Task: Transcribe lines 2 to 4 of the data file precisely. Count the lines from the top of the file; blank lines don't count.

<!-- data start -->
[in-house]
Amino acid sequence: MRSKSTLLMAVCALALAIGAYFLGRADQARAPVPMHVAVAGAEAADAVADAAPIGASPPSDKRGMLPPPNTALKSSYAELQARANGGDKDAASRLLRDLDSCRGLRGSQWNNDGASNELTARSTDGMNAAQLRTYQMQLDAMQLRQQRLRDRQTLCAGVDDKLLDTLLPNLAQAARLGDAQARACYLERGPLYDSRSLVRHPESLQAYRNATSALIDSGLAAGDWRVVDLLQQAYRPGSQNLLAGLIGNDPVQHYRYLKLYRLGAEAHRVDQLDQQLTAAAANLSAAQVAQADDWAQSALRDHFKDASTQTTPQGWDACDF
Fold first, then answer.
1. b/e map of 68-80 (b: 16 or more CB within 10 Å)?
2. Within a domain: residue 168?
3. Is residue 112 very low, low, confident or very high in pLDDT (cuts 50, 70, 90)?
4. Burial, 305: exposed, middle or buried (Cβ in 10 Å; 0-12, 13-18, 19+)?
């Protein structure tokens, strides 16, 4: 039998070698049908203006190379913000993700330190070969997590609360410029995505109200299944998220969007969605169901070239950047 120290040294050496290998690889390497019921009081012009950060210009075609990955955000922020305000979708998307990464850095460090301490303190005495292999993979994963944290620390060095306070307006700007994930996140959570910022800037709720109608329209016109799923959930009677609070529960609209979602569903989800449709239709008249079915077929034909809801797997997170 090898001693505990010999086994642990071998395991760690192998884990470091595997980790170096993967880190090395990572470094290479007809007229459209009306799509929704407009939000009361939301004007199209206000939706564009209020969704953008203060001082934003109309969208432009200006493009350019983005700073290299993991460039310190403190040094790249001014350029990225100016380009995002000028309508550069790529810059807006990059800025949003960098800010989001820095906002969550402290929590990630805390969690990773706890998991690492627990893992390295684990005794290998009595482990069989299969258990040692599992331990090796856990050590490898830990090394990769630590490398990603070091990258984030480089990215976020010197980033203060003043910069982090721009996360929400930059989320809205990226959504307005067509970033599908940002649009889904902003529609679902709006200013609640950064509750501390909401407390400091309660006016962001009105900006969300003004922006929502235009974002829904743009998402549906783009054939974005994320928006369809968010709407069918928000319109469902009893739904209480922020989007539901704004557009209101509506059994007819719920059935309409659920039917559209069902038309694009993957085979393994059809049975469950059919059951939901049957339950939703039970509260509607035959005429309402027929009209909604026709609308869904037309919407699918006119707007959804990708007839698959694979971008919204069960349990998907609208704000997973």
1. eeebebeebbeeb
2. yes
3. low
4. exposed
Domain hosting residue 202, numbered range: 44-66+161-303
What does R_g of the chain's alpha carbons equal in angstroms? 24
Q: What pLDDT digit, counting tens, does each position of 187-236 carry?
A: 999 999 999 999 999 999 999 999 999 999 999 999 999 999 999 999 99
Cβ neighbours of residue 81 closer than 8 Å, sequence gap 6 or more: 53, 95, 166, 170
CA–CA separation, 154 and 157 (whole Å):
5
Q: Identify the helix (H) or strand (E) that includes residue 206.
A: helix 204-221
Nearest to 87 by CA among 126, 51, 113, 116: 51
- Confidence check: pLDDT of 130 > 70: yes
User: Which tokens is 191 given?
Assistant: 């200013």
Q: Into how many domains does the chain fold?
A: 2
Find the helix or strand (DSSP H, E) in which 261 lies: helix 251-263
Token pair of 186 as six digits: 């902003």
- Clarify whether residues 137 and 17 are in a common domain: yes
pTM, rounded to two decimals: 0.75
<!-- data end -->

Amino acid sequence: MRSKSTLLMAVCALALAIGAYFLGRADQARAPVPMHVAVAGAEAADAVADAAPIGASPPSDKRGMLPPPNTALKSSYAELQARANGGDKDAASRLLRDLDSCRGLRGSQWNNDGASNELTARSTDGMNAAQLRTYQMQLDAMQLRQQRLRDRQTLCAGVDDKLLDTLLPNLAQAARLGDAQARACYLERGPLYDSRSLVRHPESLQAYRNATSALIDSGLAAGDWRVVDLLQQAYRPGSQNLLAGLIGNDPVQHYRYLKLYRLGAEAHRVDQLDQQLTAAAANLSAAQVAQADDWAQSALRDHFKDASTQTTPQGWDACDF
Fold first, then answer.
1. b/e map of 68-80 (b: 16 or more CB within 10 Å)?